Only someone living under a rock hasn’t heard about the GameStop stock market shorting scandal. While the mechanics of the stock market battle are interesting, they’re nothing new. What’s new is this: The battle this time is being waged by Deplorable America vs. Elite America. And Elite America isn’t at all happy about it.
It’s well known that the stock market isn’t controlled by small investors, but by massive financial institutions. Recent data show that mutual funds, pension funds, hedge funds, Wall Street investment banks, public pensions and the like control more than 80% of all shares traded. They are always the elephant in the room.
The little guys with trading portfolios of less than $100,000 or so, often operating online at lightning speed on no-commission trading sites – such as Robinhood – have a small piece of all the trading. They win only by exploiting cracks in a system dominated by big firms.
Which makes it all the more amazing that they were able to take out a major hedge fund with a short position in GameStop, a troubled chain of computer gaming stores that still has a big following on Reddit.
First, in case you don’t know what “shorting” a stock is, it’s basically borrowing a number of shares of a given stock to sell at the current price. The borrower sells the shares, then promises to pay back the lender the same number of shares at a later date.
Short investors do this because they expect the stock to go down. If it does, they can buy back the borrowed shares at a much lower cost. The difference between the original selling price and the buyback price is the profit.
An example would be someone shorting 100 shares of a stock now trading at $50 a share. If the stock plunges in the following weeks to, say, $30 a share, that person could buy back the 100 shares and pay back the lender. The result: A nifty $20 per share profit, or about 40% of the initial investment.
But what if the stock rockets up instead? In that case, the person holding the stock could theoretically be on the hook for nearly unlimited losses as the stock soars.
On Wall Street, it’s not unusual for one fund to make another fund with a short position miserable by driving up the price of the stock. It’s a brutal bit of financial warfare known as a “short squeeze,” and it happens all the time.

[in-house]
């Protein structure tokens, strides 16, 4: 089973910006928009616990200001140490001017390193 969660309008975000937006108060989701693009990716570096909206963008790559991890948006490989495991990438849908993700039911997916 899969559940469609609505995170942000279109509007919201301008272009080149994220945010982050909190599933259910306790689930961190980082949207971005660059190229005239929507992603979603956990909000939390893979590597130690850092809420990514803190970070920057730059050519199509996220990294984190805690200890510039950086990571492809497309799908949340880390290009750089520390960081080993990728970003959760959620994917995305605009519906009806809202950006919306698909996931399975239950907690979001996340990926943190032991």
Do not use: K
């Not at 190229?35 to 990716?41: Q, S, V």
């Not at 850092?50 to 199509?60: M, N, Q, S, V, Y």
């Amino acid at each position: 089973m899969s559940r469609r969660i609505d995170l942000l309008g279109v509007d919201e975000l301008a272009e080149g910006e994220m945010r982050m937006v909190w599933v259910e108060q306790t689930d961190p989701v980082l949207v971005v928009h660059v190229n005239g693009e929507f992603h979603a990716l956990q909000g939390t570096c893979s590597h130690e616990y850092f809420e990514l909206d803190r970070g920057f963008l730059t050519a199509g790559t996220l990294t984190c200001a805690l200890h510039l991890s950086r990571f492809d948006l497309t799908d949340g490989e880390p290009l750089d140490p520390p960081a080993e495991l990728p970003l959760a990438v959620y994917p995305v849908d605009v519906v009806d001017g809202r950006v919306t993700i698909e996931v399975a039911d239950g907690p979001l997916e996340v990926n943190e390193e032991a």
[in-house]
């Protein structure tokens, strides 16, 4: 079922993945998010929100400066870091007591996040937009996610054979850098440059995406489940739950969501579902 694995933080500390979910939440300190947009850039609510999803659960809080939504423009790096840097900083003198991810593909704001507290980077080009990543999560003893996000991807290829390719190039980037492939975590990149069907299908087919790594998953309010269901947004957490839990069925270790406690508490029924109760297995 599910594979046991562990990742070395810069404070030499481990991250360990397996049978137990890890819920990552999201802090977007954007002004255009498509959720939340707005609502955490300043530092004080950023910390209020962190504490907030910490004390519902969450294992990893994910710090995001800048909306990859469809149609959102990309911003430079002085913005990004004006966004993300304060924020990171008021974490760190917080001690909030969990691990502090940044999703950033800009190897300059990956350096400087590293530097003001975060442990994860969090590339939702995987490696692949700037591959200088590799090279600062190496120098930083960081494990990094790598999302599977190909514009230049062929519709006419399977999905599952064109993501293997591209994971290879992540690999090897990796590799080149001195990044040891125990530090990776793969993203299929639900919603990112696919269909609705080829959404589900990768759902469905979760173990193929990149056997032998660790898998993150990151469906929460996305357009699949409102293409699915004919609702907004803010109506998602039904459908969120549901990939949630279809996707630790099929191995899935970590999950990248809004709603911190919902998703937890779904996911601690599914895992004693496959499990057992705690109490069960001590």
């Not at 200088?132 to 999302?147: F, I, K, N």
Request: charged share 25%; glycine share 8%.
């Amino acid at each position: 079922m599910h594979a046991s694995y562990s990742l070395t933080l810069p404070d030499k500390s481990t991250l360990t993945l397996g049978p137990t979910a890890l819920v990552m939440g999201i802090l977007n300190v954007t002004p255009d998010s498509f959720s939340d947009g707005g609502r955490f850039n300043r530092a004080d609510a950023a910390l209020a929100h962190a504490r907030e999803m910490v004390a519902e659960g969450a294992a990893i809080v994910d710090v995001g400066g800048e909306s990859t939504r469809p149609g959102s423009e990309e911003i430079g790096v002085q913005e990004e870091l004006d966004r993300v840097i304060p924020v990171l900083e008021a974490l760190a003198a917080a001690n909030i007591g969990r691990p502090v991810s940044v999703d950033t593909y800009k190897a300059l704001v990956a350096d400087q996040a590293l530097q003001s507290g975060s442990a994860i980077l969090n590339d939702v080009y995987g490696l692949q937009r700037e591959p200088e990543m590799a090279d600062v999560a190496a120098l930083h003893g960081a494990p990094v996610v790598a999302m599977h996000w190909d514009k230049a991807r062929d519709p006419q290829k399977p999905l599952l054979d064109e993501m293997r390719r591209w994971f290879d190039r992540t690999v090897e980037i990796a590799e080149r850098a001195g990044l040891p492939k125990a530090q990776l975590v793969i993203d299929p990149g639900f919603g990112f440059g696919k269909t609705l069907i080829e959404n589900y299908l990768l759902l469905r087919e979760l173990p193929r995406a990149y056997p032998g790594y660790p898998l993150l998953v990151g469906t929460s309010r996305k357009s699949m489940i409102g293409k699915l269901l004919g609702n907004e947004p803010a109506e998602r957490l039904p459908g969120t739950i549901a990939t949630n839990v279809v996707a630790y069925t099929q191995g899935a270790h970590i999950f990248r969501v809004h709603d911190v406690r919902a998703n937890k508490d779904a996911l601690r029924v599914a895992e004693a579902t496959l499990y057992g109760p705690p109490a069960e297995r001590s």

What’s different about the short squeeze for GameStop stock is that it’s not big institution vs. big institution, but a bunch of no-name market guerrillas operating on a Reddit sub-feed called WallStreetBets that caused havoc among funds that had taken hefty, and very risky, short positions in the slumping GameStop. Most prominent among them was Melvin Capital.
Melvin was founded by Gabe Plotkin, a former star portfolio manager for hedge-fund titan Steven A. Cohen. It started the year with about $12.5 billion and now runs more than $8 billion. The current figure includes $2.75 billion in emergency funds Citadel LLC, its partners and Mr. Cohen’s Point72 Asset Management injected into the hedge fund last Monday.
Do the math, and that means Melvin lost close to 58% of its capital in one brutal, ruinous month of trading. All because an online group got tired of seeing its own stock go down due to short-selling, and decided as a group to buy the stock instead. As GameStop share prices rose, the short-sellers got hammered, and their losses were immense.
GameStop could be bought for $19 a share on the first day of trading, Jan. 4, of this year. It closed above $325 a share on Friday. Those who shorted the stock on Jan. 4 now face a $311 a share loss on their investment.
Only on Wall Street do those who make mammoth mistakes by taking huge risks get bailed out. If you’re a little guy, like the Reddit gang, your losses are your own. Good luck.